DepositSlow Archaeology, Punk Archaeology, and the Archaeology of Care

This article considers the impact of both historical and digital transhuman practices in archaeology with an eye toward recent conversations concerning punk archaeology, slow archaeology, and an archaeology of care. Drawing on Ivan Illich, Jacques Ellul, and Gilles Delueze, the article suggests that current trends in digital practices risk both alienating archaeological labour and deterritorializing archaeological work.

DepositAdditive Archaeology: An Alternative Framework for Recontextualising Archaeological Entities

Additive manufacturing poses a number of challenges to conventional understandings of materiality, including the so-called archaeological record. In particular, concepts such as real, virtual, and authentic are becoming increasingly unstable, as archaeological artefacts and assemblages can be digitalised, reiterated, extended and distributed through time and space as 3D printable entities. This paper argues that additive manufacturing represents a ‘grand disciplinary challenge’ to archaeological practice by offering a radical new generative framework within which to recontextualise and reconsider the nature of archaeological entities specifically within the domain of digital archaeology.

DepositSlow Archaeology: Technology, Efficiency, and Archaeological Work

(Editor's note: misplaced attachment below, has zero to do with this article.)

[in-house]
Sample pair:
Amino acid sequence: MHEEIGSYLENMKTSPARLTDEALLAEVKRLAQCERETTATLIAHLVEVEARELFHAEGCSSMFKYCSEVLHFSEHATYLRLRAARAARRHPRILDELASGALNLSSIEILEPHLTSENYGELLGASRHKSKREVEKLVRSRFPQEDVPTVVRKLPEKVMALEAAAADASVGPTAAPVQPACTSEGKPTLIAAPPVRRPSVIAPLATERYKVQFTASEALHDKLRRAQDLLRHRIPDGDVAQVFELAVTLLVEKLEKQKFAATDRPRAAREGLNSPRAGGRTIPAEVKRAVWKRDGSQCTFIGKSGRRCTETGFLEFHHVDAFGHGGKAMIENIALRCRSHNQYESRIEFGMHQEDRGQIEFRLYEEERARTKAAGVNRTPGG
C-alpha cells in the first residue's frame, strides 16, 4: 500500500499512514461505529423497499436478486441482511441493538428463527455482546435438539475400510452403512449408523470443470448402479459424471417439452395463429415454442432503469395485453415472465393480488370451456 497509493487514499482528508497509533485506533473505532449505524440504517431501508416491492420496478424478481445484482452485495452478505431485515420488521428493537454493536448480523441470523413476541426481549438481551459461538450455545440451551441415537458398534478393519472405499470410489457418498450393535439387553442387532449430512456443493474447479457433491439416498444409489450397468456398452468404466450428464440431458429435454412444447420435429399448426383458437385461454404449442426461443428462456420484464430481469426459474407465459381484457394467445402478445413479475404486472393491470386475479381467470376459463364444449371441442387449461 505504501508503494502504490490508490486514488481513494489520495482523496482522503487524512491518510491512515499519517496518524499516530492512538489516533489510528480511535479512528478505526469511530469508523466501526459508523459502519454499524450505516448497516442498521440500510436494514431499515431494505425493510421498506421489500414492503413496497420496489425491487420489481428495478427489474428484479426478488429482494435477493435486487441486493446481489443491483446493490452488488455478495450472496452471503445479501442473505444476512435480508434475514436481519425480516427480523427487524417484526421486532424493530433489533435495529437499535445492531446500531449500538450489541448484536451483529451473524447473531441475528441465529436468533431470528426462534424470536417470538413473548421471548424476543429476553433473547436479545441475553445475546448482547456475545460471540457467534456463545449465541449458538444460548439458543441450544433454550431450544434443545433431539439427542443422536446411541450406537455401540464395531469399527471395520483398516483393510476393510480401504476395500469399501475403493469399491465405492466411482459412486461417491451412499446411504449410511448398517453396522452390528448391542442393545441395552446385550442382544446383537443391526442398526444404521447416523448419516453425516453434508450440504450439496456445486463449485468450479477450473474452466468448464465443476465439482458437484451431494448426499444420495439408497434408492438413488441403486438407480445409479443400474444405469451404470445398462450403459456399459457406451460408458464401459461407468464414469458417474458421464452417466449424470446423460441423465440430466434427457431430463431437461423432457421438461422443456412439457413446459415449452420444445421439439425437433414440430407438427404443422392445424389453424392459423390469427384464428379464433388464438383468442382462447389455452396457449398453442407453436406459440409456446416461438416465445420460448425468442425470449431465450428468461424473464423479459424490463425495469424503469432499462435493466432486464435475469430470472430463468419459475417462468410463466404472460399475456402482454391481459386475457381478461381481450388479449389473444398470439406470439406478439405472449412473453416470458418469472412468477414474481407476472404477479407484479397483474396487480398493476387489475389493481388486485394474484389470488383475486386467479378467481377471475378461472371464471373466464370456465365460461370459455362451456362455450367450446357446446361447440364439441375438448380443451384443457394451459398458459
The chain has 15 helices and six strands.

Slow archaeology situates contemporary, digital archaeological practice both in the historical tradition of the modern discipline of archaeology and within a discourse informed by calls for Taylorist efficiency. Rather than rejecting the use of digital tools, slow archaeology calls for archaeology to embrace a spirit of critical engagement with the rapidly changing technological landscape in the field. This contribution draws upon lessons from the popular “slow moment” and academic discussions of modernity and speed to consider the impact that the rapid adoption of digital tools has on archaeological practice and knowledge production. Slow archaeology pays particular attention to how digital tools fragment the process of archaeological documentation, potentially deskill fieldwork by relying on digital (Latourian) “blackbox” methods, and erode the sense of place so crucial to archaeological claims of provenience. The result of this critical attention to digital practices is neither a condemnation of new tools nor an unabashed celebration of their potential to transform the discipline, but a call to adopt new technologies and methods in a deliberate way that situates archaeological knowledge production in the realm of field practice.